Watching and Journaling Suggestions
already spotted your first robin of the season, don't stop looking! You
can see all kinds of interesting behaviors by observing robins carefully.
Take your journal with you so you can capture what you see and hear and
write down questions you have.
for the first female robin to appear. Females usually come
1-2 weeks later than the males. The females' feathers are noticeably
duller than those of the male; in fact, they look faded — like
clothes that have been through the washing machine too many times. Count
the number of days between the arrival of the first robin (presumably
a male) and the arrival of the first female. Write down the date when
you see your first female.
to follow a female for as long as you can. Write down everything
she does. Bring a watch along so you can record how long each behavior
carefully. When male robins arrive, they don't sing as frequently
as they do once the females are in town before their eggs hatch. Once
a week, go outside where you know there are robins. Sit quietly for
5 minutes and count the number of times you hear a robin sing. How does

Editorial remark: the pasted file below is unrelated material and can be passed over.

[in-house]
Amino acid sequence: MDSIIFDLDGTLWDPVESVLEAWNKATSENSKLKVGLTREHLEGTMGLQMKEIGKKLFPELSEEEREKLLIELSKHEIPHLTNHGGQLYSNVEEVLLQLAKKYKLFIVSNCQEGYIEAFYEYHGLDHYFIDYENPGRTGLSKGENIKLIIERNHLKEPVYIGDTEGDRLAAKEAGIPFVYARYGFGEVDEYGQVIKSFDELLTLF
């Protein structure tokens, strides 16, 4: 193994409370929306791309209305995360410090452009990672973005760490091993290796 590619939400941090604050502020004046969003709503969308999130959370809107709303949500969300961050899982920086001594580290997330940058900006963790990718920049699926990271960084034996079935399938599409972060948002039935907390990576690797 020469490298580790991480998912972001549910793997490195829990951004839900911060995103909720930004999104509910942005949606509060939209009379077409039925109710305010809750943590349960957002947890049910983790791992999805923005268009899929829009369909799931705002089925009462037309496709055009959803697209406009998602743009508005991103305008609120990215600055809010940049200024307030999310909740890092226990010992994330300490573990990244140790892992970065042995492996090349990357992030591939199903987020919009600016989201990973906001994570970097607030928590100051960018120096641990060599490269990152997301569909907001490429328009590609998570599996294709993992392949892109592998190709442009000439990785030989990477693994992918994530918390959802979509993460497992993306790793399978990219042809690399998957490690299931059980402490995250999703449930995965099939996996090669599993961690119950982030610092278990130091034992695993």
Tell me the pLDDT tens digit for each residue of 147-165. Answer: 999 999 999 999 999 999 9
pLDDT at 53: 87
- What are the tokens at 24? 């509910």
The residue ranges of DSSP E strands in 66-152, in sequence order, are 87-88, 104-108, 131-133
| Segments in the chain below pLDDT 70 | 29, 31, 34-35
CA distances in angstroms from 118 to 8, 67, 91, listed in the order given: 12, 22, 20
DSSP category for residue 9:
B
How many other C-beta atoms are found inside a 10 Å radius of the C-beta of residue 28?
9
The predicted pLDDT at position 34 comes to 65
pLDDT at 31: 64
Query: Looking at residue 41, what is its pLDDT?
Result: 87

that number change over time? Try to actually see a robin singing, and
watch him as long as you can. Does he stay in the same position on the
same branch or does he move around? Is his mouth open or closed while
he sings? Does he seem to have his eyes peeled for predators?
what time the sun rises in your area. Try
to wake up one morning an hour before sunrise. Listen for the first
birds to sing. When does the first robin pipe in? What does the sky
look like at that time? How many minutes before sunrise does he start
for battles between males and between females. What do you
notice? When territories are set up for the breeding season, the fiesty
males work hard to earn the best land they can. Some robins even battle
their own reflections in a window! But males aren't the only ones who
fight. Once the females arrive, they often fight one another for the
best male and territory.
for as many other interesting behaviors as you can. List the
ones you see, describing as many details as you can in your journal.
Try to record the date, time, and sex of each bird you're observing.
Look for the following behaviors. How many can you spot?
other food items (e.g., fruit)
when a hawk flies over
Science Education Standards
- Ask a
question about objects, organisms, events.
have basic needs. For example, animals need air, water and food.
- The behavior
of individual organisms is influenced by internal cues (such as hunger)
and by external cues (such as a change in the environment).
- An organism's
behavior patterns are related to the nature of that organism's environment,
including the kinds and number of other organisms present, the availability
of food and resources, and the physical characteristics of the environment.